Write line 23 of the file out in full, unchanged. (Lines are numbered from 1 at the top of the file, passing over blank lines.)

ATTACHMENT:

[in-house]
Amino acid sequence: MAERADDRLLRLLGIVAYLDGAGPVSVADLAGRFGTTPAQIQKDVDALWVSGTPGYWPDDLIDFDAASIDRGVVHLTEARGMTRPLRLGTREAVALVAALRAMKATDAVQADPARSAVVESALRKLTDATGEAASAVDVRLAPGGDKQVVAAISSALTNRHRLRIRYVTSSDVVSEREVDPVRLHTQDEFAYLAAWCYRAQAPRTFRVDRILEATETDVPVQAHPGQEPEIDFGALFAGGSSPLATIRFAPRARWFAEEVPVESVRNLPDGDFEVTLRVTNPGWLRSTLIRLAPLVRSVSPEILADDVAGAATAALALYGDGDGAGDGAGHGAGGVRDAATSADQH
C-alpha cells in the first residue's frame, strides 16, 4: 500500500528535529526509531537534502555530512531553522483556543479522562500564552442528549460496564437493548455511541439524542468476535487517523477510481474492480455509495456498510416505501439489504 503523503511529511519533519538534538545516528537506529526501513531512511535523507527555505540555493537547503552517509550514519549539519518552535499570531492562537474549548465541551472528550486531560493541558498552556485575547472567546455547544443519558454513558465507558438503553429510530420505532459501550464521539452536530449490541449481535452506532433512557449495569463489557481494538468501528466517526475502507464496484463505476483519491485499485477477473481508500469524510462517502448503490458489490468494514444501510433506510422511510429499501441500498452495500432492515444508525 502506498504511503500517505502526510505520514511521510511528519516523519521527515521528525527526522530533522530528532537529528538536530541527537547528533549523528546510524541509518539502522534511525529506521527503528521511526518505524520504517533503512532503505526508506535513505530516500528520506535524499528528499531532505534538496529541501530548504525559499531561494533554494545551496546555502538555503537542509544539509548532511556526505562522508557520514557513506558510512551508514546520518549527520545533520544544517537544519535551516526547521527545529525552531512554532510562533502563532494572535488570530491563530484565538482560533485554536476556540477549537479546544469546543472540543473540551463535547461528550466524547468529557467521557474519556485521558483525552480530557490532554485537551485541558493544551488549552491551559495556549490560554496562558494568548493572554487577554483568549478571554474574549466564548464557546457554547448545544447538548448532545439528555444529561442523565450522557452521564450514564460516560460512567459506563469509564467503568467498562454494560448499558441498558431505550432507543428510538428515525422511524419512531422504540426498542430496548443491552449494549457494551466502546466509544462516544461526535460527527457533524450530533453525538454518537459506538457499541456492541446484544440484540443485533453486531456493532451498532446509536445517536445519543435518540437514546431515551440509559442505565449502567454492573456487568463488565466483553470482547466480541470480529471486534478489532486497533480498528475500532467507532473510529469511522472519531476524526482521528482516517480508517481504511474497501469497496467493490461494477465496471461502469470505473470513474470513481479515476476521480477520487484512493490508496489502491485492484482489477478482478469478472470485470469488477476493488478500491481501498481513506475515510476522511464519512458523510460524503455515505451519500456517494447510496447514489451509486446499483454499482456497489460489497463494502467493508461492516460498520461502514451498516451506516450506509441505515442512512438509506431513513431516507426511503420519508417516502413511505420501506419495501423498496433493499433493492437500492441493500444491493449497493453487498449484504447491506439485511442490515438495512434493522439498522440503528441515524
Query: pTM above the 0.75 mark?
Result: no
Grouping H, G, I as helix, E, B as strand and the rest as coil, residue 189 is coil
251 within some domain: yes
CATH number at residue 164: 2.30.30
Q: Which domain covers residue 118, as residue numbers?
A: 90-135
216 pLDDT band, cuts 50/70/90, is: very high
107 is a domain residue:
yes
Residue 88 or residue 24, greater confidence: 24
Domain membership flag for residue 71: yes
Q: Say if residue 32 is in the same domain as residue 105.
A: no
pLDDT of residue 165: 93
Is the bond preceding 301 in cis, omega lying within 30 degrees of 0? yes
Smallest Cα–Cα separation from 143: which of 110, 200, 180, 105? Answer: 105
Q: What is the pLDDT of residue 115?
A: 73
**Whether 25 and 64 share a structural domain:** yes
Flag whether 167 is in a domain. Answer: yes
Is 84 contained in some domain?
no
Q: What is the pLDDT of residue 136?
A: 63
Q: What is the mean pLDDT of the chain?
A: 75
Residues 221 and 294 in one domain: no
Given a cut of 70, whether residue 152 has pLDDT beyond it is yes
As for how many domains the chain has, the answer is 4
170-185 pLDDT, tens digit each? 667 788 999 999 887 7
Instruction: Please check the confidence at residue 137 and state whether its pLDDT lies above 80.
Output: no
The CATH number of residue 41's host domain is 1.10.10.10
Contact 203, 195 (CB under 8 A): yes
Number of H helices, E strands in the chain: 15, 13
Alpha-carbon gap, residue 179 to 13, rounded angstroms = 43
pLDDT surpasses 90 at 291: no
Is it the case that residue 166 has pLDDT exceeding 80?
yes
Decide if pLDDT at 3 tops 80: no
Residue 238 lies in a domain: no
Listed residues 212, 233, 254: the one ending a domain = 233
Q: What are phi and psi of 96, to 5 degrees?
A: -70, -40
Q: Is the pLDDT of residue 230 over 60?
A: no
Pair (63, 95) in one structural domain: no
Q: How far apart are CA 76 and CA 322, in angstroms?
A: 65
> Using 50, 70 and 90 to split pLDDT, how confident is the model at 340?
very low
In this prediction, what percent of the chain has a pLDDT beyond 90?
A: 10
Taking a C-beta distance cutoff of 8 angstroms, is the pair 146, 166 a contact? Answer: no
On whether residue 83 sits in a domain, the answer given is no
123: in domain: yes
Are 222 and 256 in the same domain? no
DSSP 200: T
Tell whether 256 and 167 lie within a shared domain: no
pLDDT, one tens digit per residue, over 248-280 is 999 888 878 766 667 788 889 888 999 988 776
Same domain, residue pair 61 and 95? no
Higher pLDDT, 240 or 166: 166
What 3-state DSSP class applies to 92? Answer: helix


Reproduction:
**Whether 25 and 64 share a structural domain:** yes